Patient Care Coordinator Career Guide
A patient care coordinator, also known as a care coordinator or patient navigator, helps manage a patient’s healthcare and treatment needs while also maintaining open lines of communication between a patient and their healthcare providers.
Patient care coordinators must have excellent communication skills to perform their job effectively, as well as leadership qualities and a passion for helping individuals get the healthcare they need.
A patient care coordinator works in many different capacities on behalf of patients, including ensuring patients’ needs are met, handling administrative responsibilities, managing human resources and public relations duties, and assisting with a patient’s case management.
In this role, patient care coordinators can work for hospitals, doctors’ and dentists’ offices, nursing care facilities, and specialty care centers.
In a nutshell, a patient care coordinator acts as a liaison between patients and their healthcare providers while managing all the details of a patient’s care. As a result, some of the position’s typical day-to-day responsibilities include:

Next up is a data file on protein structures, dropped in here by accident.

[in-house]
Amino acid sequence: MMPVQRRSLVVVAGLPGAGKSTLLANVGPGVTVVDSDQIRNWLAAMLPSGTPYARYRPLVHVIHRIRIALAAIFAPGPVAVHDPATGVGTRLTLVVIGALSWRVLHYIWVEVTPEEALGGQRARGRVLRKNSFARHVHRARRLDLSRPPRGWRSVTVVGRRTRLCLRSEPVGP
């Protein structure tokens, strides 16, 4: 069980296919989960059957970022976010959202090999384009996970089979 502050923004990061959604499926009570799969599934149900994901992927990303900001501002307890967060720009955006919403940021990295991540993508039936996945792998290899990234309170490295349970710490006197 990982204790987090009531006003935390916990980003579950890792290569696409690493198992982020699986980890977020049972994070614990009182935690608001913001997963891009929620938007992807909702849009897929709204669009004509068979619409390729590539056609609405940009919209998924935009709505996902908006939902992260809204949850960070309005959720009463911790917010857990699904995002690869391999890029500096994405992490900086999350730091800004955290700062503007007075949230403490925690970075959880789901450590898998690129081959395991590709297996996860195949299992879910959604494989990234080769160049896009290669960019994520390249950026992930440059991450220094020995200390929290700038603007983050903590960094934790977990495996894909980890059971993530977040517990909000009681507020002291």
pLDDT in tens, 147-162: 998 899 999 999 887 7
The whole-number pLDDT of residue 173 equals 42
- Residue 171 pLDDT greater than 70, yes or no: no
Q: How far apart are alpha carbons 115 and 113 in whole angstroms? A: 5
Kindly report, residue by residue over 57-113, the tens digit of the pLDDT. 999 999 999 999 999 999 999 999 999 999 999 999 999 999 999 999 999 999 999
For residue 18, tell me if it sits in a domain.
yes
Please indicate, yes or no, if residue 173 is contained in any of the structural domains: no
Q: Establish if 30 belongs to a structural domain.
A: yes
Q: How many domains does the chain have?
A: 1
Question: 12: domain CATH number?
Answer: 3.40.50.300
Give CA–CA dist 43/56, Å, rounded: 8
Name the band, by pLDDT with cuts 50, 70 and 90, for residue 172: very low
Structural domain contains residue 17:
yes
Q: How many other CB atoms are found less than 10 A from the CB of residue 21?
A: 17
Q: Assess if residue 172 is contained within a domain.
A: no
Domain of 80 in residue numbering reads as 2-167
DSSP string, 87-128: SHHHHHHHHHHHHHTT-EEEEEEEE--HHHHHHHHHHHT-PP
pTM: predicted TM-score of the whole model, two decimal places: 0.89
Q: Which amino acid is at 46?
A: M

- Developing healthcare programs.
- Helping patients complete paperwork.
- Educating patients about their healthcare options.
- Maintaining open lines of communication between patients, their families, and healthcare providers.
- Managing each patient’s case while maintaining confidentiality.
- Hiring and training staff.
- Educating patients about their care.
- Providing referrals to specialists.
- Supporting concerns from parents, including communicating between a child’s primary care physician and other service providers.
- Monitoring a patient’s progress toward their healthcare goals.
- Making sure a patient receives high-quality care.
- Solving a wide array of problems when they arise.
- Recruiting and training staff.
To become a patient care coordinator, you’ll likely need to obtain a bachelor's degree in health services coordination or a related area of study. Care coordinators benefit greatly from practical experience in clinical settings, as well as an understanding of the business considerations of healthcare. Still, it’s important to emphasize that education needs largely depend on each employer’s requirements.